Abu Ghraib inmates sue defense contractors

Former detainees seek compensation for alleged abuse at Iraqi prison


He claims Dugan, 48, beat an Iraqi civilian suspected of terrorism, threw him handcuffed and hooded from a vehicle, and dragged him across rocks.

Nakhla's accuser, Wissam Abdullateff Sa'eed Al-Quraishi, 37, of Amman, Jordan claims that Nakhla held Al-Quraishi down while a coconspirator poured feces on him.

Al-Quraishi also claims Nakhla and others stripped Al-Quraishi and other prisoners naked and piled them atop one another, separated by boxes.

Al-Quraishi also claims he watched Nakhla hold down a 14-year-old boy while an unidentified coconspirator sodomized the boy with a toothbrush.

Sa'adoon Ali Hameed Al-Ogaidi, a 36-year-old Arabic teacher from Baghdad, claims he was beaten by Johnson, threatened with execution and stripped naked and paraded before other prisoners.

Mohammed Abdwaihed Towfek Al-Taee of Baghdad claims an unidentified L-3 translator forced him to consume so much water that he vomited blood several times and then fainted. He claims the translator and others later tied a plastic line around his penis, preventing urination, and made him drink more, nearly killing him.

Burke and her associates filed a similar federal lawsuit in May in Los Angeles, claiming L-3 and CACI employees, including former CACI interrogator Steven Stefanowicz, abused an Abu Ghraib detainee named Emad al-Janabi.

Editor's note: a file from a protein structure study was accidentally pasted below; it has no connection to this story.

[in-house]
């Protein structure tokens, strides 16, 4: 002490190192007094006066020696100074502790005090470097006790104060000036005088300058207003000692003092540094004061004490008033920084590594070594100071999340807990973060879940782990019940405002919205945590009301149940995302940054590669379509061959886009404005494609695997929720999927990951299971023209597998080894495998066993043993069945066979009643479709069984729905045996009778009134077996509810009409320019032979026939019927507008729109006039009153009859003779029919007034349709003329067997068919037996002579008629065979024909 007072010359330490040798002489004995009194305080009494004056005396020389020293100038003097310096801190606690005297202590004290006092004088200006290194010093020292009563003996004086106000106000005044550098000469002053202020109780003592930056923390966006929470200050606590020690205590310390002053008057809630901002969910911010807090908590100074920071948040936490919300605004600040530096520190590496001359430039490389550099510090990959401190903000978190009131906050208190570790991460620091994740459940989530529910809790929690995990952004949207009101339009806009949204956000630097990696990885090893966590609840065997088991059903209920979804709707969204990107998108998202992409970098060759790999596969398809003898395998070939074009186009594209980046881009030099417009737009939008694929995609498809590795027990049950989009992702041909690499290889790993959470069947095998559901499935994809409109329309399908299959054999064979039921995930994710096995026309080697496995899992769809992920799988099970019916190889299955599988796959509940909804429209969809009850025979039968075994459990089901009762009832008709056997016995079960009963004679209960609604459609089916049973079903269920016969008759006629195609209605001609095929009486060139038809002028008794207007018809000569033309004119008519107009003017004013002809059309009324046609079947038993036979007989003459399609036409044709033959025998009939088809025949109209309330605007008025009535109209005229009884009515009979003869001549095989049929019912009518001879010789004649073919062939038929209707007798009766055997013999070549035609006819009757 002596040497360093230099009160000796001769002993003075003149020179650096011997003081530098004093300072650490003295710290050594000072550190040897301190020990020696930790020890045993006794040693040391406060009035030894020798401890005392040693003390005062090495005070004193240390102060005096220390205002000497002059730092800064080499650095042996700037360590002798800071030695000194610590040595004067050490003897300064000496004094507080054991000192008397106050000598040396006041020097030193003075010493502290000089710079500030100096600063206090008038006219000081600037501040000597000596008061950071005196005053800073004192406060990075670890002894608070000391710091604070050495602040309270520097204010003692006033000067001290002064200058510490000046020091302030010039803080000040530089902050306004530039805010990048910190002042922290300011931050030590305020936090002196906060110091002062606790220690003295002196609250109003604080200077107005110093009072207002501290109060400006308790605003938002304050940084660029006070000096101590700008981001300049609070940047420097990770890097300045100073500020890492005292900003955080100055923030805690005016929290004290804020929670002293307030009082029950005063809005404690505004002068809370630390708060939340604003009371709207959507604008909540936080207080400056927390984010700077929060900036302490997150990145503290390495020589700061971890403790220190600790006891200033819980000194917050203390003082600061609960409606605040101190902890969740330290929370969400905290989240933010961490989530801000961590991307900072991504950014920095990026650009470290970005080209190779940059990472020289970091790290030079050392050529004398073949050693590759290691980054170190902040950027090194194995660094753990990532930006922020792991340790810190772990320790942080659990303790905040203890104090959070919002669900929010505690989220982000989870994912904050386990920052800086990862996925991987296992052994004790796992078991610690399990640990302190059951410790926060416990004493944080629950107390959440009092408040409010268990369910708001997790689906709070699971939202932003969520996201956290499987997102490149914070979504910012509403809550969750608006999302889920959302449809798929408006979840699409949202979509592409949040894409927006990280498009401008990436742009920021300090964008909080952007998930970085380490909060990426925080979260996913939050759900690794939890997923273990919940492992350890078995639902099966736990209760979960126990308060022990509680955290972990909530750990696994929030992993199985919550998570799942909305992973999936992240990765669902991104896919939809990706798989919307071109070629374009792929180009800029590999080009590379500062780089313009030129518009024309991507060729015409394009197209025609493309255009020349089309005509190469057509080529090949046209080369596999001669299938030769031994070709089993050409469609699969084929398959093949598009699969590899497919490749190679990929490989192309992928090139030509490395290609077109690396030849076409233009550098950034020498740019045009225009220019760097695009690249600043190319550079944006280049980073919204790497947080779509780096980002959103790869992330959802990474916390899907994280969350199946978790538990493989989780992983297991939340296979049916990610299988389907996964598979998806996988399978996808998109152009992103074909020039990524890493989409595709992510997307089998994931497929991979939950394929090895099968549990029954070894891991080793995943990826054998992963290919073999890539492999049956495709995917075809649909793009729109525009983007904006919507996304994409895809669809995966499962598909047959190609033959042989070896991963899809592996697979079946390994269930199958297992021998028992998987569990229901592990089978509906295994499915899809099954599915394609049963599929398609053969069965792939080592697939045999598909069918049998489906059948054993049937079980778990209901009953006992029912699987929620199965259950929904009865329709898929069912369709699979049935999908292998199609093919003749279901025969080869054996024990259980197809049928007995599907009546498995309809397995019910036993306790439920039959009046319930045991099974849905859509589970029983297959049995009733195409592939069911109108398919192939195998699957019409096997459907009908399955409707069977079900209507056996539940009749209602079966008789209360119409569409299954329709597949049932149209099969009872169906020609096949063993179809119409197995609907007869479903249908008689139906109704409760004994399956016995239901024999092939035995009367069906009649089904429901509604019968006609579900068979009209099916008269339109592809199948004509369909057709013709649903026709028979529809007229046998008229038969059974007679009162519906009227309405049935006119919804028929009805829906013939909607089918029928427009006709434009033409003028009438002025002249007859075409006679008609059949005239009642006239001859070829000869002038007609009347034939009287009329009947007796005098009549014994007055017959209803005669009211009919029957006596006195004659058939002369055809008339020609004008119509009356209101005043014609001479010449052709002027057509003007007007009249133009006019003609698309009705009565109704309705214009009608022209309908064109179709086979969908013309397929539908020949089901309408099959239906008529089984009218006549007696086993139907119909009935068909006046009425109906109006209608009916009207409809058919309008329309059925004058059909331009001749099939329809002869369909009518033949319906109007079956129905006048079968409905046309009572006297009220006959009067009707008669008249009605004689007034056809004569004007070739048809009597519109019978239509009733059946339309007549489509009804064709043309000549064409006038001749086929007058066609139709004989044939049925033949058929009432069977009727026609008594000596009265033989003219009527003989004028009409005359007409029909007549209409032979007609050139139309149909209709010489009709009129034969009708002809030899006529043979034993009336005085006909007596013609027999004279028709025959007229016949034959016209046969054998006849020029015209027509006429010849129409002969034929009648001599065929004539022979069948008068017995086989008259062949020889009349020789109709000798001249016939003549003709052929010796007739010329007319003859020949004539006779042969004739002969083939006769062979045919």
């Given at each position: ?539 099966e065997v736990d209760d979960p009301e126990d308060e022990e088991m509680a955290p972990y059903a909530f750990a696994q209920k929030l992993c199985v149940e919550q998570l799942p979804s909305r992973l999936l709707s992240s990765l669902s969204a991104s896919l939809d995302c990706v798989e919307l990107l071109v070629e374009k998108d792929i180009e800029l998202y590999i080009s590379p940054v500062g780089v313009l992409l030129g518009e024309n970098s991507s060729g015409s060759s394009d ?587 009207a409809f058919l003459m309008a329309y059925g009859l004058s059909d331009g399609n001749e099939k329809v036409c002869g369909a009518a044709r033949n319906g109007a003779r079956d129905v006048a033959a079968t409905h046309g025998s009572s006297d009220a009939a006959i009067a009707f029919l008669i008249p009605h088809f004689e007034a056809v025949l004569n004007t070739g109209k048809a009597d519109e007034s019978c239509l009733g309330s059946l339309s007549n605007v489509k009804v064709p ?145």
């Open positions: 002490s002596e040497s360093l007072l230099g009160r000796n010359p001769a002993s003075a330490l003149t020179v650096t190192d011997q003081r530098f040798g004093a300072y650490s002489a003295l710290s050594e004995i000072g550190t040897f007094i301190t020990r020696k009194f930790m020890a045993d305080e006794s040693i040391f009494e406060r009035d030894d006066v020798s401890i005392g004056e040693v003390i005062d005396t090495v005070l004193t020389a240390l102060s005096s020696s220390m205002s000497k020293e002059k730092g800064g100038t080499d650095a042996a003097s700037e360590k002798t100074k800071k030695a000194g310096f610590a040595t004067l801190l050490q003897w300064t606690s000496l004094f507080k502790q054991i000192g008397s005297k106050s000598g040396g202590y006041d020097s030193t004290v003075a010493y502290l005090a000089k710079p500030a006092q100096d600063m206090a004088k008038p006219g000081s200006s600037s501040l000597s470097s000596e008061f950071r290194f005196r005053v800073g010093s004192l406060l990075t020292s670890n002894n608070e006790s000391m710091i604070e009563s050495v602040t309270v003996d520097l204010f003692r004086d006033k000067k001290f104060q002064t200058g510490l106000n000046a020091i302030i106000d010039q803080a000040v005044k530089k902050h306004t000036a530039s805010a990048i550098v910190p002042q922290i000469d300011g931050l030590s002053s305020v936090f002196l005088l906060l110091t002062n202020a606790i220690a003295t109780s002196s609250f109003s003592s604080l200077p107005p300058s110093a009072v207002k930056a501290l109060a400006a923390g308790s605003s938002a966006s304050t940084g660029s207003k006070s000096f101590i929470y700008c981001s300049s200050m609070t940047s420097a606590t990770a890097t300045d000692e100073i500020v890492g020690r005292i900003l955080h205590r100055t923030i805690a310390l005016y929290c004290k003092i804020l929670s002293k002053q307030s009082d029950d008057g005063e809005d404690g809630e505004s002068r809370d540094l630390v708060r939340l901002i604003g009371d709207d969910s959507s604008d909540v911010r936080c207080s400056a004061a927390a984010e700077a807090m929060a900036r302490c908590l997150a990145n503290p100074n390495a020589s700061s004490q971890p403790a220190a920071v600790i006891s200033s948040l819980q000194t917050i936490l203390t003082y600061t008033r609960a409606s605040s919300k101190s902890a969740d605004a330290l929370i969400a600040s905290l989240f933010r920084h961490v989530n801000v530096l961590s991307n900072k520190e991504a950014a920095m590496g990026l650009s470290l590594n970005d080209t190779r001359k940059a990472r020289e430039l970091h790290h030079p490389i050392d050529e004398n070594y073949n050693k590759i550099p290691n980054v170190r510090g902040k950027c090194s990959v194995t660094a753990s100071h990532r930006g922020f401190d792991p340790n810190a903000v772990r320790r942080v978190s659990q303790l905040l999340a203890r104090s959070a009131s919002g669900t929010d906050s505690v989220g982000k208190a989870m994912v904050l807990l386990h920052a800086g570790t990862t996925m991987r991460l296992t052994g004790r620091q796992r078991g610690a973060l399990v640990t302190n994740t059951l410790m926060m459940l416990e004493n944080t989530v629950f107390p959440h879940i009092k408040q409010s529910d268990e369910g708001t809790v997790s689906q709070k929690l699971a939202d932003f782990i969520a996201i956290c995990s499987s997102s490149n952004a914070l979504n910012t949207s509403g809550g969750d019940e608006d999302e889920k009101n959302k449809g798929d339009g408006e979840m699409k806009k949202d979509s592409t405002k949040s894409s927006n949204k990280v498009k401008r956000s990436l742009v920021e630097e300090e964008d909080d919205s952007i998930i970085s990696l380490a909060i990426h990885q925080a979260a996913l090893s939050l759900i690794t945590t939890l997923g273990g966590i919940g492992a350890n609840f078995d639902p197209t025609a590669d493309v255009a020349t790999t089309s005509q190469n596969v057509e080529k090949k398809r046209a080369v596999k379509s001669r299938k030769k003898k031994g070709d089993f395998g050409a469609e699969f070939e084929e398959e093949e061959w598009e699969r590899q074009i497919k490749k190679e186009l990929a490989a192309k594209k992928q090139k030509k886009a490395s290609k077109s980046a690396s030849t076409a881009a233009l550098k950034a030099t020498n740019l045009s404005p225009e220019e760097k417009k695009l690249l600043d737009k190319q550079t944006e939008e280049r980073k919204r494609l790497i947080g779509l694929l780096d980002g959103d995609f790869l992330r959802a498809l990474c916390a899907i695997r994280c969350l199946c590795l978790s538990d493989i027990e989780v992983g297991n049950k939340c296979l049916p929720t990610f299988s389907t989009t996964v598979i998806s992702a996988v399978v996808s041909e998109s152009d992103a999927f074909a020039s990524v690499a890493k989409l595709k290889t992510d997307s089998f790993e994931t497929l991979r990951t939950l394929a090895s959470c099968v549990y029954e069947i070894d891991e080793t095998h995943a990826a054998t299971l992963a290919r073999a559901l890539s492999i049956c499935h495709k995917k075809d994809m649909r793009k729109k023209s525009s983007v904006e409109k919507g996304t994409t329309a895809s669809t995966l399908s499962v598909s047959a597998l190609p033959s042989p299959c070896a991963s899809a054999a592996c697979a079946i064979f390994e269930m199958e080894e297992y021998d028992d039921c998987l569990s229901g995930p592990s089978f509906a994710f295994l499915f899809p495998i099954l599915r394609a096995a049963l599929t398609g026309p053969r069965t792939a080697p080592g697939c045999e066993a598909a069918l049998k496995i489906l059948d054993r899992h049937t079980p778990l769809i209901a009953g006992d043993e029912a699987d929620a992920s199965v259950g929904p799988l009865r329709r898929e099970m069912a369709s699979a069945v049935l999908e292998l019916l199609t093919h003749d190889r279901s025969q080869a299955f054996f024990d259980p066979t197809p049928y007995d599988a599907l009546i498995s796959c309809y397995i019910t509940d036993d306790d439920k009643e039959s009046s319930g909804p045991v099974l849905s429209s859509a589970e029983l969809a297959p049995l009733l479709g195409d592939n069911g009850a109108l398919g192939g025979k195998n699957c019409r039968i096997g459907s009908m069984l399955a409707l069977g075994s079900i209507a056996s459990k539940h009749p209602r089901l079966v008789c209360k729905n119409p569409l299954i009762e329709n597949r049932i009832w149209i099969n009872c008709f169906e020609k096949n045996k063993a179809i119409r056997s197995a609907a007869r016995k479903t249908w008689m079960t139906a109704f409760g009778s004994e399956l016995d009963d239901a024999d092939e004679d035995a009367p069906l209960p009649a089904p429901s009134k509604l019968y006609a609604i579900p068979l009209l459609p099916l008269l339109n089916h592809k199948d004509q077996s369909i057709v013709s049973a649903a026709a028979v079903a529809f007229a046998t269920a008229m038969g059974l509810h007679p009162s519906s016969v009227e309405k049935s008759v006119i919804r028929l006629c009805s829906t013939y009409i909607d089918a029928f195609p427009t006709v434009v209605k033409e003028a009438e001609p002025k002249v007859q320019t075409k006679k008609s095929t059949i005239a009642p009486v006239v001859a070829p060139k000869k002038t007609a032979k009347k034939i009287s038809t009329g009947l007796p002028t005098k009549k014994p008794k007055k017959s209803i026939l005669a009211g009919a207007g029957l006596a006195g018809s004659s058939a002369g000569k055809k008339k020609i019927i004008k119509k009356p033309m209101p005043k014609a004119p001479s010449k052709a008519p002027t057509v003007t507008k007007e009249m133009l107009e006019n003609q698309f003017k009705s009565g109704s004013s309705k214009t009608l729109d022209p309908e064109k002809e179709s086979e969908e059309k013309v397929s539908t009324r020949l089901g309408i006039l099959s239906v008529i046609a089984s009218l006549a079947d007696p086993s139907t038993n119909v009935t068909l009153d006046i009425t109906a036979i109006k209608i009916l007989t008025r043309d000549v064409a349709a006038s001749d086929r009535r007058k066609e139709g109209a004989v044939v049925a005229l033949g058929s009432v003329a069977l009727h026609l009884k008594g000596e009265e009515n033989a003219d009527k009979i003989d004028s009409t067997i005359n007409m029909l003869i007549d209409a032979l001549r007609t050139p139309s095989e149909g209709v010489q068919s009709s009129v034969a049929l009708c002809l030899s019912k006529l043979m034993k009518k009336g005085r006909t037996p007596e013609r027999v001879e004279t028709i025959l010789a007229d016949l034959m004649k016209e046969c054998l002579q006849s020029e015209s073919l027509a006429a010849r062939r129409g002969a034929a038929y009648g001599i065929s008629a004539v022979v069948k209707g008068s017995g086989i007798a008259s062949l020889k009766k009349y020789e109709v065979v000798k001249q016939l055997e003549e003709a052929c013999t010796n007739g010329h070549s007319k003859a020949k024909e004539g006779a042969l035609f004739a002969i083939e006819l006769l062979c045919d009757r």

All five cases stem from a District of Columbia federal judge's refusal to grant class-action certification to a 2004 lawsuit brought by the same attorneys and 237 plaintiffs. That complaint, which is still pending, consolidated two cases that originally named Stefanowicz, Nakhla, Dugan and Johnson. They were dismissed as defendants in the original cases for lack of jurisdiction.

Burke said more workers may be sued, and more plaintiffs may be added to the existing lawsuits.

Trying multiple cases has less potential impact than a class-action lawsuit, partly because individual plaintiffs have less clout, said Herman Schwartz, a law professor at American University in Washington. Also, individual plaintiffs may be inclined to settle for less money than a large group, he said.

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Associated Press writers Stephen Manning in Montgomery Village, Md., and Dan Catchpole in Seattle contributed to this report.

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